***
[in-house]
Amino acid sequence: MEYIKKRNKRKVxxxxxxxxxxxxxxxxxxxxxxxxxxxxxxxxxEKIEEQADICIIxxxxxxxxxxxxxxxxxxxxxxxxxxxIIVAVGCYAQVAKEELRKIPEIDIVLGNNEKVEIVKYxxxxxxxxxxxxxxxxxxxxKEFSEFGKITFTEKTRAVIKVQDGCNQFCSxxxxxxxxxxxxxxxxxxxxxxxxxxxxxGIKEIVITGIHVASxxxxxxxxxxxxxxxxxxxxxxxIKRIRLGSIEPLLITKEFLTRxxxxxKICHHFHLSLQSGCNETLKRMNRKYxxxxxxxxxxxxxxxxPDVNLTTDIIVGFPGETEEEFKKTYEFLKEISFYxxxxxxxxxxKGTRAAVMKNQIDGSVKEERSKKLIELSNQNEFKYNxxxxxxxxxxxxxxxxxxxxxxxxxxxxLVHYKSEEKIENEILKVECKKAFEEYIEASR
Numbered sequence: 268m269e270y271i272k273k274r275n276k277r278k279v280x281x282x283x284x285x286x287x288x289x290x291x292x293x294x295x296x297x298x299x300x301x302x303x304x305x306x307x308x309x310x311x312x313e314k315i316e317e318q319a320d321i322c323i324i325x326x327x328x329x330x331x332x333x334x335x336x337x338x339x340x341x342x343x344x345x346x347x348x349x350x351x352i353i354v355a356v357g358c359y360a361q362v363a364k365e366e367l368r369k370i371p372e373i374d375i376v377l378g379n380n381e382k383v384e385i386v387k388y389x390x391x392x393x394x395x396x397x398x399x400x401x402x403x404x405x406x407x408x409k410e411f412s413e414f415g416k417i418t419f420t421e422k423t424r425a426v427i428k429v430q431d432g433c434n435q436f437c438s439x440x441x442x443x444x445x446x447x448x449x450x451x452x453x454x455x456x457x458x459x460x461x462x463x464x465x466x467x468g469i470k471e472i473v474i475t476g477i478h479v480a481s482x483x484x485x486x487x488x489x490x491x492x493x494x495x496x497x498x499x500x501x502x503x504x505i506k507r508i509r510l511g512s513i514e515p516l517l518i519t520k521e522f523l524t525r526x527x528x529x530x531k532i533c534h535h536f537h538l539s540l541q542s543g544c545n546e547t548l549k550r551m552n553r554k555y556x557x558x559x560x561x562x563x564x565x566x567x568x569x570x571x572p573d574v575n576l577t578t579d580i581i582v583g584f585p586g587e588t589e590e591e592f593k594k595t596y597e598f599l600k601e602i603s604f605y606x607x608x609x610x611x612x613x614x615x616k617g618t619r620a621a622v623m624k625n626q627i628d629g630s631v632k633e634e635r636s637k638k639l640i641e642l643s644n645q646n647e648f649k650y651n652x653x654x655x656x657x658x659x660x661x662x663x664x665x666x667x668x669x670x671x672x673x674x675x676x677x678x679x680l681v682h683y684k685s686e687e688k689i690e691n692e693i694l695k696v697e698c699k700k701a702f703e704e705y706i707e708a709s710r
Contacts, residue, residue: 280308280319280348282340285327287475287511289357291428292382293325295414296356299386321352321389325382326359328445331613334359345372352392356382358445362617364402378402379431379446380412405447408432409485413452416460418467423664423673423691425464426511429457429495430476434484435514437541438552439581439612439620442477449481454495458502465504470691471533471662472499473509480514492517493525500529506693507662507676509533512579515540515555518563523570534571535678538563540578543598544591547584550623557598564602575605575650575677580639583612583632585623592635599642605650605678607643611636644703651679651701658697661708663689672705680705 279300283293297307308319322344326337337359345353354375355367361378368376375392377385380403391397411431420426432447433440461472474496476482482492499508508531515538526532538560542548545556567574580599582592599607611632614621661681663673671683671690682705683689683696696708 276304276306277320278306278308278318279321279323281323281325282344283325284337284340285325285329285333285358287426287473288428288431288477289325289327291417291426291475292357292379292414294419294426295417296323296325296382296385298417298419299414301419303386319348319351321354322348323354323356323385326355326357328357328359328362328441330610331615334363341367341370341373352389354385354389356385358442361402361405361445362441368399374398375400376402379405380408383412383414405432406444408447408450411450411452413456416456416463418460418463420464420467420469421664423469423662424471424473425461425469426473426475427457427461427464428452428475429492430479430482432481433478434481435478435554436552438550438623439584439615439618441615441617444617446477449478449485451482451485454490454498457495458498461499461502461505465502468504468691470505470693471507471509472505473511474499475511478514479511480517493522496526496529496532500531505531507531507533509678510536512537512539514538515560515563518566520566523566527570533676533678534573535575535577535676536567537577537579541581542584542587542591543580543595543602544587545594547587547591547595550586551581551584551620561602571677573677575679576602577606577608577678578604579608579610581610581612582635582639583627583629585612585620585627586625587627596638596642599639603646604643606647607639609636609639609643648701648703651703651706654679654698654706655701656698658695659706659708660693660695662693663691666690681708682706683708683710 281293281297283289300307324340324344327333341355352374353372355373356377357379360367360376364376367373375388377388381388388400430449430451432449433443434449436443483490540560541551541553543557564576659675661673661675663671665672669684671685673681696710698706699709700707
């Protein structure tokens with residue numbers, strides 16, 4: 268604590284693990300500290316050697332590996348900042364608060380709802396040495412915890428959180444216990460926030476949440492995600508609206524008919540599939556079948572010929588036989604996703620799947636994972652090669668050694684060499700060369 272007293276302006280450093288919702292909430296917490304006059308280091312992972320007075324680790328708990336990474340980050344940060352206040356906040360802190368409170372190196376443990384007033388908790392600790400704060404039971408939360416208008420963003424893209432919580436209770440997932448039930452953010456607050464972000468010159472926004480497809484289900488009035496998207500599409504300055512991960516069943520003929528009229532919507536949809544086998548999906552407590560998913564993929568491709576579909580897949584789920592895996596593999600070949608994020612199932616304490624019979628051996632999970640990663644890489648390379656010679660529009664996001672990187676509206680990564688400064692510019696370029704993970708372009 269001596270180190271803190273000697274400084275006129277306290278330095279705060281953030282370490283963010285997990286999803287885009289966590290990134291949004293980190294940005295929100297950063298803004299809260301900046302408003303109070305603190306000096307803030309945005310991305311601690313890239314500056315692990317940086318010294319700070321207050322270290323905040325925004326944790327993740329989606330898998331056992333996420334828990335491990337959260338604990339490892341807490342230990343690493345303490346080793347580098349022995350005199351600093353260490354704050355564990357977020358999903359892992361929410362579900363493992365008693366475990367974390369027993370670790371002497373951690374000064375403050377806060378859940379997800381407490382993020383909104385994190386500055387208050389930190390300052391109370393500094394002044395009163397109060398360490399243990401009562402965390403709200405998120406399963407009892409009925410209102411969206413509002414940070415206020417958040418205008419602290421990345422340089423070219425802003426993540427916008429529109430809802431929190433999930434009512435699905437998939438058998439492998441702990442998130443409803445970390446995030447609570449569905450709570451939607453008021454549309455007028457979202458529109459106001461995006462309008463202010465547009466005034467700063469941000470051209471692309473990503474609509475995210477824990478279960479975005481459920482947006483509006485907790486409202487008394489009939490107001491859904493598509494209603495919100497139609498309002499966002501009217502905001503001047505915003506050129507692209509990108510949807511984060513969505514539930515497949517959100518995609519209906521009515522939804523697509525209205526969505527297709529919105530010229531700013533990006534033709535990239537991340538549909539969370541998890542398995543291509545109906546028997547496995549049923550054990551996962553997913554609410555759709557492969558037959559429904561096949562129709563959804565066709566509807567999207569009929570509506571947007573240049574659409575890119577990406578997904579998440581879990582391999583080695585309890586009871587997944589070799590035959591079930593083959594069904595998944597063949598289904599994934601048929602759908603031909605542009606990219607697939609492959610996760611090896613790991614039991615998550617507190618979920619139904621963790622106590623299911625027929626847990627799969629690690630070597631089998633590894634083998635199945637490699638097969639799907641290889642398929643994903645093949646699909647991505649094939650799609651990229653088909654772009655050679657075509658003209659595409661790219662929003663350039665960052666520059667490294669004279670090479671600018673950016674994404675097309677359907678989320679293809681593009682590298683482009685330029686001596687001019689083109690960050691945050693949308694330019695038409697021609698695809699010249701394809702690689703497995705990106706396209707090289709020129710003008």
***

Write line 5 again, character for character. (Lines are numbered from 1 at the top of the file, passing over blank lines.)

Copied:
């Protein structure tokens with residue numbers, strides 16, 4: 268604590284693990300500290316050697332590996348900042364608060380709802396040495412915890428959180444216990460926030476949440492995600508609206524008919540599939556079948572010929588036989604996703620799947636994972652090669668050694684060499700060369 272007293276302006280450093288919702292909430296917490304006059308280091312992972320007075324680790328708990336990474340980050344940060352206040356906040360802190368409170372190196376443990384007033388908790392600790400704060404039971408939360416208008420963003424893209432919580436209770440997932448039930452953010456607050464972000468010159472926004480497809484289900488009035496998207500599409504300055512991960516069943520003929528009229532919507536949809544086998548999906552407590560998913564993929568491709576579909580897949584789920592895996596593999600070949608994020612199932616304490624019979628051996632999970640990663644890489648390379656010679660529009664996001672990187676509206680990564688400064692510019696370029704993970708372009 269001596270180190271803190273000697274400084275006129277306290278330095279705060281953030282370490283963010285997990286999803287885009289966590290990134291949004293980190294940005295929100297950063298803004299809260301900046302408003303109070305603190306000096307803030309945005310991305311601690313890239314500056315692990317940086318010294319700070321207050322270290323905040325925004326944790327993740329989606330898998331056992333996420334828990335491990337959260338604990339490892341807490342230990343690493345303490346080793347580098349022995350005199351600093353260490354704050355564990357977020358999903359892992361929410362579900363493992365008693366475990367974390369027993370670790371002497373951690374000064375403050377806060378859940379997800381407490382993020383909104385994190386500055387208050389930190390300052391109370393500094394002044395009163397109060398360490399243990401009562402965390403709200405998120406399963407009892409009925410209102411969206413509002414940070415206020417958040418205008419602290421990345422340089423070219425802003426993540427916008429529109430809802431929190433999930434009512435699905437998939438058998439492998441702990442998130443409803445970390446995030447609570449569905450709570451939607453008021454549309455007028457979202458529109459106001461995006462309008463202010465547009466005034467700063469941000470051209471692309473990503474609509475995210477824990478279960479975005481459920482947006483509006485907790486409202487008394489009939490107001491859904493598509494209603495919100497139609498309002499966002501009217502905001503001047505915003506050129507692209509990108510949807511984060513969505514539930515497949517959100518995609519209906521009515522939804523697509525209205526969505527297709529919105530010229531700013533990006534033709535990239537991340538549909539969370541998890542398995543291509545109906546028997547496995549049923550054990551996962553997913554609410555759709557492969558037959559429904561096949562129709563959804565066709566509807567999207569009929570509506571947007573240049574659409575890119577990406578997904579998440581879990582391999583080695585309890586009871587997944589070799590035959591079930593083959594069904595998944597063949598289904599994934601048929602759908603031909605542009606990219607697939609492959610996760611090896613790991614039991615998550617507190618979920619139904621963790622106590623299911625027929626847990627799969629690690630070597631089998633590894634083998635199945637490699638097969639799907641290889642398929643994903645093949646699909647991505649094939650799609651990229653088909654772009655050679657075509658003209659595409661790219662929003663350039665960052666520059667490294669004279670090479671600018673950016674994404675097309677359907678989320679293809681593009682590298683482009685330029686001596687001019689083109690960050691945050693949308694330019695038409697021609698695809699010249701394809702690689703497995705990106706396209707090289709020129710003008």